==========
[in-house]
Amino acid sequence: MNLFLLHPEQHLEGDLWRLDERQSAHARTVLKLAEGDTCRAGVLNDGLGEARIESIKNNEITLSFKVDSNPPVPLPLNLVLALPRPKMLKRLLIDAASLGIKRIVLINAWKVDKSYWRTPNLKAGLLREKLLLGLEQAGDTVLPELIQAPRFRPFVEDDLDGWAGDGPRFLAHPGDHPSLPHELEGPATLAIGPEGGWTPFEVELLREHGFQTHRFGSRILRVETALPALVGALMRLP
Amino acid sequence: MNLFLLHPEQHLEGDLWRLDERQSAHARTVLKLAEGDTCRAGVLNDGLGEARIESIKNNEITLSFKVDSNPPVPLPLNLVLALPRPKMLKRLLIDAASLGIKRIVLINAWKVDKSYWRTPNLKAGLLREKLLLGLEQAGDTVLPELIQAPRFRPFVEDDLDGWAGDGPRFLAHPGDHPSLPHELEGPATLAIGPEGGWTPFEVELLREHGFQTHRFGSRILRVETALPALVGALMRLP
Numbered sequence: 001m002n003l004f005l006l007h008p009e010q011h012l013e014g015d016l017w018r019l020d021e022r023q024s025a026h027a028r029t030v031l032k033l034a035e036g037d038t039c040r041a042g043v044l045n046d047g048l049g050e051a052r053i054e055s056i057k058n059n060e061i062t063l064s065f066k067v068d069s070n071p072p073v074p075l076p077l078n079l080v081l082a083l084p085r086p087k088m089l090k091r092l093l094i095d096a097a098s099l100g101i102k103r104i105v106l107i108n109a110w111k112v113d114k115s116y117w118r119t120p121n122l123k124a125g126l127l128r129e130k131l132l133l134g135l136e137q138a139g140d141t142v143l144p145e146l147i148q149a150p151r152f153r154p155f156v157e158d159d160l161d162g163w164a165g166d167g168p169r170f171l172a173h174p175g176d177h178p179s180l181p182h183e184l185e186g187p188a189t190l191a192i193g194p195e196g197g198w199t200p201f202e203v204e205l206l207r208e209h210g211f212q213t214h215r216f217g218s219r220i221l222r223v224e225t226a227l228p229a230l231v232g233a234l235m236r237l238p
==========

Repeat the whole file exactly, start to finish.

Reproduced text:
[in-house]
Amino acid sequence: MNLFLLHPEQHLEGDLWRLDERQSAHARTVLKLAEGDTCRAGVLNDGLGEARIESIKNNEITLSFKVDSNPPVPLPLNLVLALPRPKMLKRLLIDAASLGIKRIVLINAWKVDKSYWRTPNLKAGLLREKLLLGLEQAGDTVLPELIQAPRFRPFVEDDLDGWAGDGPRFLAHPGDHPSLPHELEGPATLAIGPEGGWTPFEVELLREHGFQTHRFGSRILRVETALPALVGALMRLP
Amino acid sequence: MNLFLLHPEQHLEGDLWRLDERQSAHARTVLKLAEGDTCRAGVLNDGLGEARIESIKNNEITLSFKVDSNPPVPLPLNLVLALPRPKMLKRLLIDAASLGIKRIVLINAWKVDKSYWRTPNLKAGLLREKLLLGLEQAGDTVLPELIQAPRFRPFVEDDLDGWAGDGPRFLAHPGDHPSLPHELEGPATLAIGPEGGWTPFEVELLREHGFQTHRFGSRILRVETALPALVGALMRLP
Numbered sequence: 001m002n003l004f005l006l007h008p009e010q011h012l013e014g015d016l017w018r019l020d021e022r023q024s025a026h027a028r029t030v031l032k033l034a035e036g037d038t039c040r041a042g043v044l045n046d047g048l049g050e051a052r053i054e055s056i057k058n059n060e061i062t063l064s065f066k067v068d069s070n071p072p073v074p075l076p077l078n079l080v081l082a083l084p085r086p087k088m089l090k091r092l093l094i095d096a097a098s099l100g101i102k103r104i105v106l107i108n109a110w111k112v113d114k115s116y117w118r119t120p121n122l123k124a125g126l127l128r129e130k131l132l133l134g135l136e137q138a139g140d141t142v143l144p145e146l147i148q149a150p151r152f153r154p155f156v157e158d159d160l161d162g163w164a165g166d167g168p169r170f171l172a173h174p175g176d177h178p179s180l181p182h183e184l185e186g187p188a189t190l191a192i193g194p195e196g197g198w199t200p201f202e203v204e205l206l207r208e209h210g211f212q213t214h215r216f217g218s219r220i221l222r223v224e225t226a227l228p229a230l231v232g233a234l235m236r237l238p